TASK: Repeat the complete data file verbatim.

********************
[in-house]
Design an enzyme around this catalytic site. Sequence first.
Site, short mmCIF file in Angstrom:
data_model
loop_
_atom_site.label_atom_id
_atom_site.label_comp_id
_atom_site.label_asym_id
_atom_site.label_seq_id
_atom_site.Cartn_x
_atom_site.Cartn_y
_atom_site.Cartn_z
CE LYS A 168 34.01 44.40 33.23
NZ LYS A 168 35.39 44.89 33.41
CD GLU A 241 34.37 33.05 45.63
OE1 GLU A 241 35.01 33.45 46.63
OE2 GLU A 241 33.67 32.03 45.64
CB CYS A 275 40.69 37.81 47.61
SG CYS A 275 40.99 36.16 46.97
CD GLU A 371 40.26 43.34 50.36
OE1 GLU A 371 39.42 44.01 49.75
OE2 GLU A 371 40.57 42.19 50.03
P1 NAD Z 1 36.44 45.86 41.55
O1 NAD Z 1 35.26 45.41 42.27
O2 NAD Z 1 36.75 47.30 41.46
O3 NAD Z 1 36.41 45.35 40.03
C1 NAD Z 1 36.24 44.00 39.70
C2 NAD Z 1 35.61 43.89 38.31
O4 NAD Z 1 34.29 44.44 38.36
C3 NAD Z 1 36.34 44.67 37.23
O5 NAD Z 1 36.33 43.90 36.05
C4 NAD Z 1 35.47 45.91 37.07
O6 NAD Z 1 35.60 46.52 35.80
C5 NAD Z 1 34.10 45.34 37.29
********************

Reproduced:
[in-house]
Design an enzyme around this catalytic site. Sequence first.
Site, short mmCIF file in Angstrom:
data_model
loop_
_atom_site.label_atom_id
_atom_site.label_comp_id
_atom_site.label_asym_id
_atom_site.label_seq_id
_atom_site.Cartn_x
_atom_site.Cartn_y
_atom_site.Cartn_z
CE LYS A 168 34.01 44.40 33.23
NZ LYS A 168 35.39 44.89 33.41
CD GLU A 241 34.37 33.05 45.63
OE1 GLU A 241 35.01 33.45 46.63
OE2 GLU A 241 33.67 32.03 45.64
CB CYS A 275 40.69 37.81 47.61
SG CYS A 275 40.99 36.16 46.97
CD GLU A 371 40.26 43.34 50.36
OE1 GLU A 371 39.42 44.01 49.75
OE2 GLU A 371 40.57 42.19 50.03
P1 NAD Z 1 36.44 45.86 41.55
O1 NAD Z 1 35.26 45.41 42.27
O2 NAD Z 1 36.75 47.30 41.46
O3 NAD Z 1 36.41 45.35 40.03
C1 NAD Z 1 36.24 44.00 39.70
C2 NAD Z 1 35.61 43.89 38.31
O4 NAD Z 1 34.29 44.44 38.36
C3 NAD Z 1 36.34 44.67 37.23
O5 NAD Z 1 36.33 43.90 36.05
C4 NAD Z 1 35.47 45.91 37.07
O6 NAD Z 1 35.60 46.52 35.80
C5 NAD Z 1 34.10 45.34 37.29